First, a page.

Can Cannabis Stocks Make New TFSA Millionaires Again?

Could marijuana stocks like Canopy Growth (TSX:WEED)(NYSE:CGC) and Aurora Cannabis (TSX:ACB)(NYSE:ACB) recover back to all-time highs to create new TFSA millionaires ever again?

| More on:
question marks written reminders tickets

Image source: Getty Images

Following the Canadian marijuana industry has been quite an experience since late 2016, the stocks’ price volatility needed someone with nerves of steel to resist dumping positions during bloodbaths, but some new TFSA millionaires were undoubtedly made over the past three years when capital gains topped 600% more than once.

Falling in love with an aggressive Aurora Cannabis (TSX:ACB)(NYSE:ACB) early in 2017 was an irresistible temptation, and shares indeed delivered phenomenal returns that year, then gave up a lot in 2018 and rallied again late last year only to go bust and spill a lot of blood on the streets in 2019.

Industry stocks move very much in sync,  and choosing between one and abandoning the other between Aurora’s peers like Canopy Growth (TSX:WEED)(NYSE:CGC) has largely been a matter of preference, although the later was blessed with billions from Constellation Brands that made the company one of the best financed ones in the sector.

I once recommended trimming positions in 2018 when times were much better to reduce exposure and book some gains, but the plunge in 2019 was just too much, although this is common on overhyped stocks when sentiment turns negative.

Capital Gains on ACB and WEED since January 2017
Capital Gains on ACB and WEED since January 2017.

If one had opened a position on Aurora or Canopy Growth early in January 2017 and never sold, chances are high that they still have a 65% gain on ACB and 168% up on WEED, but those who bought at the tops around the blue circles may have to wait for some years for share prices to bounce back to prior highs so they can recoup losses.

That said, if one were to buy today’s lows, could marijuana stocks rise sharply once again to make new TFSA account millionaires?

There are some possibilities

The Canadian market is proving have a slow growth potential, but this could be a result of a slower than necessary retail store rollout, as distribution channels aren’t as far reaching as the old underground pot market due to stringent regulation.

I was thrilled to read of a fired up Fire & Flower Holdings that plans to increase its pot retail footprint six fold from 22 locations by August this year to 135 locations by the end of 2021.

Aurora’s investee Alcanna Corp expects to expand retail locations too and Canopy Growth is already enjoying a growing retail presence in some provinces.

Even if more retails locations fail to drive massive growth within Canada, there’s still the potential chance of a new federally legalized United States marijuana market that everyone is lining up to invade through the guise of hemp market ambitions.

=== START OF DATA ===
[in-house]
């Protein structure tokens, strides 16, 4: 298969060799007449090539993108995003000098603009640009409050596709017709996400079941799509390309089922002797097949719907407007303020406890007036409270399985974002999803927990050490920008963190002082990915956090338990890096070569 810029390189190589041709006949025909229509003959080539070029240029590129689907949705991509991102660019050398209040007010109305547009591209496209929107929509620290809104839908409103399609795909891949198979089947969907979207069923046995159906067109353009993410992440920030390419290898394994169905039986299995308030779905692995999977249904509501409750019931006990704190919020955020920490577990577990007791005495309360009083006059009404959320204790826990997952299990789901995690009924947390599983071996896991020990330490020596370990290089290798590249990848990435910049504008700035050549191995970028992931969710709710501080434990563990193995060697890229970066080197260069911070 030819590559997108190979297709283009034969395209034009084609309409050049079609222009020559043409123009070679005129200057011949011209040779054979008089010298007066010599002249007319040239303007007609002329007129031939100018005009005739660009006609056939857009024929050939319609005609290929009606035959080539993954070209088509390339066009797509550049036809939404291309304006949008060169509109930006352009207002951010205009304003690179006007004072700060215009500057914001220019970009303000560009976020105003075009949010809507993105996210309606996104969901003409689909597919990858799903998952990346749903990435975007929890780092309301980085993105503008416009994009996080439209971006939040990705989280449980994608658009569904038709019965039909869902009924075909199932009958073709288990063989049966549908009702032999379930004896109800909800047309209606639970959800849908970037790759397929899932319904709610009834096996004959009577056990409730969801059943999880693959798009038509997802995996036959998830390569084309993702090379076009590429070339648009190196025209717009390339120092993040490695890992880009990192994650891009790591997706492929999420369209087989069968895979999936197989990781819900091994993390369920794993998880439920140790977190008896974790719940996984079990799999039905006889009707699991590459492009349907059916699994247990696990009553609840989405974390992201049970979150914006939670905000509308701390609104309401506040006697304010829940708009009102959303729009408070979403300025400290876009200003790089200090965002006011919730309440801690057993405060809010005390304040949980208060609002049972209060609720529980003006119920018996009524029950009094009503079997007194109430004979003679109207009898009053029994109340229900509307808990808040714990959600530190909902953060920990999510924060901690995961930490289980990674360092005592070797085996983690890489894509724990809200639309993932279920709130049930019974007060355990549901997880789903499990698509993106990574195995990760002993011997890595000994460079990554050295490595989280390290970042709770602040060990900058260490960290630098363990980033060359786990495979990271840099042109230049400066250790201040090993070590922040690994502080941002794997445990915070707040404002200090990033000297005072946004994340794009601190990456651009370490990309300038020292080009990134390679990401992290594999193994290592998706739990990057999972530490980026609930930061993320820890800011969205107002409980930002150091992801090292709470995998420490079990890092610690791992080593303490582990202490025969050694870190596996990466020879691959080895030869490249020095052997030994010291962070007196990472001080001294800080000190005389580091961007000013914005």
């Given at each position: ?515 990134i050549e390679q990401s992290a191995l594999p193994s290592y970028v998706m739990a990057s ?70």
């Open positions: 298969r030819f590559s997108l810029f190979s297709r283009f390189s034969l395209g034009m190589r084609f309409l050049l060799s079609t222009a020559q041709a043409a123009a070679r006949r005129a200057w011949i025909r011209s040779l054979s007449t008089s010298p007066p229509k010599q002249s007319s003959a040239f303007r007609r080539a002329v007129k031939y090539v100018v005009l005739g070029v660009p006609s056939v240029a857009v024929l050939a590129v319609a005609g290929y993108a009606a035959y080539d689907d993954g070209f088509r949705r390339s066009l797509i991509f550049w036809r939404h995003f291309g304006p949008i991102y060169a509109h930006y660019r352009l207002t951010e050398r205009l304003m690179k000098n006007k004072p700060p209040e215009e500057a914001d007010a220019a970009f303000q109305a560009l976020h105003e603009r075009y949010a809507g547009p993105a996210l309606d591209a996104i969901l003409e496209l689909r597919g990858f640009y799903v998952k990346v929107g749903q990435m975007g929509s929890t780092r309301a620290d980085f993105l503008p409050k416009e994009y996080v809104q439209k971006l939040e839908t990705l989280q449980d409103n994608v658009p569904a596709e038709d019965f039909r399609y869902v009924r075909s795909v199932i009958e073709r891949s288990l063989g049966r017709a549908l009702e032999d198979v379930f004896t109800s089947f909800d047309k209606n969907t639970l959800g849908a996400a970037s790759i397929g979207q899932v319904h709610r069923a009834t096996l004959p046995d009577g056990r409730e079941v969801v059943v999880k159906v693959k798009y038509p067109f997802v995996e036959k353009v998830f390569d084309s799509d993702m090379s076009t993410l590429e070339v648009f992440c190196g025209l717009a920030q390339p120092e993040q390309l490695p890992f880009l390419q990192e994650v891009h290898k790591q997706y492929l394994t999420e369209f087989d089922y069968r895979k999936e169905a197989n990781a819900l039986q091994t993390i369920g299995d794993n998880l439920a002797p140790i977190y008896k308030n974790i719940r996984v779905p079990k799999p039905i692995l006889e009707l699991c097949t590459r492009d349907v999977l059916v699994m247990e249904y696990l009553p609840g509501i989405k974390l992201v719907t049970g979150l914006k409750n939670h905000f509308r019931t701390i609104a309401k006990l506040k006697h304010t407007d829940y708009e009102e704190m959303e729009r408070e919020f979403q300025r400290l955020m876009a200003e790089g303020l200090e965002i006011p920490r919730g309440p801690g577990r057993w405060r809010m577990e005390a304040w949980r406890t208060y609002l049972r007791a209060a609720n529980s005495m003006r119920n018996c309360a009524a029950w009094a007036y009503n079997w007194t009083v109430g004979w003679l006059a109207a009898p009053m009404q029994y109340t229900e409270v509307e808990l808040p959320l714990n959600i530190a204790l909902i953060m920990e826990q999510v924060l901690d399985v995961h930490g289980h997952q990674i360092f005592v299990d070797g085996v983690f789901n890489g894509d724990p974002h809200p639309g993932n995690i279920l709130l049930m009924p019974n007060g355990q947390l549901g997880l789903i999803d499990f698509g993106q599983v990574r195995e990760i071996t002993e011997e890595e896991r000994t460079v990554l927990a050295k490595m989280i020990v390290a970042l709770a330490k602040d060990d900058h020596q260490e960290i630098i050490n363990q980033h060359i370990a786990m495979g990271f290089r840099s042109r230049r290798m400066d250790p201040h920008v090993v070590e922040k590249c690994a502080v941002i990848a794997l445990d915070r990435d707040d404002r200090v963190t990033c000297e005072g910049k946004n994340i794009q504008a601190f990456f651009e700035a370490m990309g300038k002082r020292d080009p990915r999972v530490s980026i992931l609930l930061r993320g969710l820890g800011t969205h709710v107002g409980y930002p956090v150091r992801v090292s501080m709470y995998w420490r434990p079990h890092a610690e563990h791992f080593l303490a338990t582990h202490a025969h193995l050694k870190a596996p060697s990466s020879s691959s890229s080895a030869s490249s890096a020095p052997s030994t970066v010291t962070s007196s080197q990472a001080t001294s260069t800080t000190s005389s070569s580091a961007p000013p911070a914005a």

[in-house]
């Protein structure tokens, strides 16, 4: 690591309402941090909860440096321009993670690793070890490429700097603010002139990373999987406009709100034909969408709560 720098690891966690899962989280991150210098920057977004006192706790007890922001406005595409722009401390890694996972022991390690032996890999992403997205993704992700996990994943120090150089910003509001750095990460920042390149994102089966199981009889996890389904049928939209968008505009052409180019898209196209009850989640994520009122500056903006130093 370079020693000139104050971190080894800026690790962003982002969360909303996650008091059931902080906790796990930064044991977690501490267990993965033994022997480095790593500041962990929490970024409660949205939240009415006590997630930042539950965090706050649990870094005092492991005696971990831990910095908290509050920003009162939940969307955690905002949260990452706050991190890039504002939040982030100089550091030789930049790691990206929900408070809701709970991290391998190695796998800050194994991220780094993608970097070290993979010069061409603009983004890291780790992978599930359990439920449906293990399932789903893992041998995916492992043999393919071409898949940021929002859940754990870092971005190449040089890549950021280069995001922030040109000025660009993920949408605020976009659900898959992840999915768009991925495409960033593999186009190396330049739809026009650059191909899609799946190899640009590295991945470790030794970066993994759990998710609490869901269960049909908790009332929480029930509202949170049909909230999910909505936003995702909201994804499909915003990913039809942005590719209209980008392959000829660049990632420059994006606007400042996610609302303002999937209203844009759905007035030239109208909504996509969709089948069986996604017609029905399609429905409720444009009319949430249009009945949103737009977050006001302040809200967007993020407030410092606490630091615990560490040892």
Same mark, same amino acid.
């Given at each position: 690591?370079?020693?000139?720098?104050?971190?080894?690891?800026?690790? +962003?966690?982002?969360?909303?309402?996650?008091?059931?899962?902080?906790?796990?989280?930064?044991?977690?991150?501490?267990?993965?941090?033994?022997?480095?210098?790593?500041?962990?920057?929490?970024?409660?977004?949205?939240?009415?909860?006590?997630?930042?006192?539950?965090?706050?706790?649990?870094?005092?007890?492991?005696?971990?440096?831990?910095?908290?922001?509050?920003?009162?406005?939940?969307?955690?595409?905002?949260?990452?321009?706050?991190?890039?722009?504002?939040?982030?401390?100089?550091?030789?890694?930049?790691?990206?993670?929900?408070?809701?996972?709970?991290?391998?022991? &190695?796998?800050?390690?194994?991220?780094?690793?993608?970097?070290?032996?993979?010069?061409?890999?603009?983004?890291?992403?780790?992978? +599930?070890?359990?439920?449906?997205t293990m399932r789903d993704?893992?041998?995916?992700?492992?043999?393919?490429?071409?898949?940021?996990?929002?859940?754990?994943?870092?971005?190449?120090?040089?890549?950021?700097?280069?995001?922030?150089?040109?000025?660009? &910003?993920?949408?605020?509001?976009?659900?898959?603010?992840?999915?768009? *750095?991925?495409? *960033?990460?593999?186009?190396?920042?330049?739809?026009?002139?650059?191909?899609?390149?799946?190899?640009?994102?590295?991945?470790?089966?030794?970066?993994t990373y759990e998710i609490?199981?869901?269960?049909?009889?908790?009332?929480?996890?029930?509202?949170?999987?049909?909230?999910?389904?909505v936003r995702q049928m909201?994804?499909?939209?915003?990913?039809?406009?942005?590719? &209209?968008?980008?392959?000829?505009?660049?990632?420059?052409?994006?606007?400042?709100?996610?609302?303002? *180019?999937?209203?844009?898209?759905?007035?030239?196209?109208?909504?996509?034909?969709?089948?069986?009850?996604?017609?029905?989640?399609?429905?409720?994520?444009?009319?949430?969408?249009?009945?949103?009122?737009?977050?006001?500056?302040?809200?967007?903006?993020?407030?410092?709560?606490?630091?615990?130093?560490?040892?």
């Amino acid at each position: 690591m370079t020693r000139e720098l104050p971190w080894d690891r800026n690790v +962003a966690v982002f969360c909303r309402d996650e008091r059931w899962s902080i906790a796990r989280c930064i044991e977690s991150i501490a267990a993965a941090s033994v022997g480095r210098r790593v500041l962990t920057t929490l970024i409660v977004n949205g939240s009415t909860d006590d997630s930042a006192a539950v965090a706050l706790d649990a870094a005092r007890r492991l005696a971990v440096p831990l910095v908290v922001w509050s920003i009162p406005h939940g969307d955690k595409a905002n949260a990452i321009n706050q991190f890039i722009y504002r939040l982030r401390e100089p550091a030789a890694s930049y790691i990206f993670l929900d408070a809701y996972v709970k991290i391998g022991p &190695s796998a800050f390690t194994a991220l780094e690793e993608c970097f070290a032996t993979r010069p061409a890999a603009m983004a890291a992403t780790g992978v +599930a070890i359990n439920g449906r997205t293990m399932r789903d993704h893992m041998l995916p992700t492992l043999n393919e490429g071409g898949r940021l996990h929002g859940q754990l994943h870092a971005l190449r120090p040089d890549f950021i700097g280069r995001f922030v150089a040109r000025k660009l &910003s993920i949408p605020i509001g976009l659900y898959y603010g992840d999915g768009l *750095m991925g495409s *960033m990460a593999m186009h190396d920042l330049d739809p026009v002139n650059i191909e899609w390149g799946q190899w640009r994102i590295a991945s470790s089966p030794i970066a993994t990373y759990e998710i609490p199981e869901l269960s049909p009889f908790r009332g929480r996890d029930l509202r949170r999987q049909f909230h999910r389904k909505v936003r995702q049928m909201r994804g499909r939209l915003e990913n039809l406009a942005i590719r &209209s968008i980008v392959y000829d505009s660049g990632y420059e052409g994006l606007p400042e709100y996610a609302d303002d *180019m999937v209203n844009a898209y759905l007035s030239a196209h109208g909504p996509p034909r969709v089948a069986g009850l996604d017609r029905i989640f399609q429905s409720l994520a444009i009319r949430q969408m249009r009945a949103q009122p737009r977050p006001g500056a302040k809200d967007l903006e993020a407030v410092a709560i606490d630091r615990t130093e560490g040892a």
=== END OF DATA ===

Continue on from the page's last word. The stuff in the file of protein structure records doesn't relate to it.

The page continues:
News of a signed bill that permanently lifts the legal risk on state licensed producers down south could spark a new wave of hype that could lift all North American marijuana related tickers.

That said, we still have another chance to see how the cannabis industry will tackle an infant edibles market in Canada from December this year. Any positive news could still lift some animal spirits.

Further, I wouldn’t ignore the prospects of a budding European market that Canadians have had the opportunity of gaining some first mover advantage in (although there’s serious completion from the Dutch), but the whitewash win by Canadian firms in a Germany production tender was evidence enough that they can conquer this new market and bring boat loads of Euros back home.

Aphria is getting ready to do just that, and Canopy invoiced over $10 million in product exports in the recent past quarter.

I don’t know where else can 200% plus year-over-year revenue growth rates be found in mature economies of North America and Europe apart from cannabis, and it appears that the industry could still find favour among investors again.

This time, however, the gains could be tied to more sober valuation multiples and require longer holding periods before being realized.

This article represents the opinion of the writer, who may disagree with the “official” recommendation position of a Motley Fool premium service or advisor. We’re Motley! Questioning an investing thesis — even one of our own — helps us all think critically about investing and make decisions that help us become smarter, happier, and richer, so we sometimes publish articles that may not be in line with recommendations, rankings or other content.

Fool contributor Brian Paradza has no position in any of the stocks mentioned.

More on Investing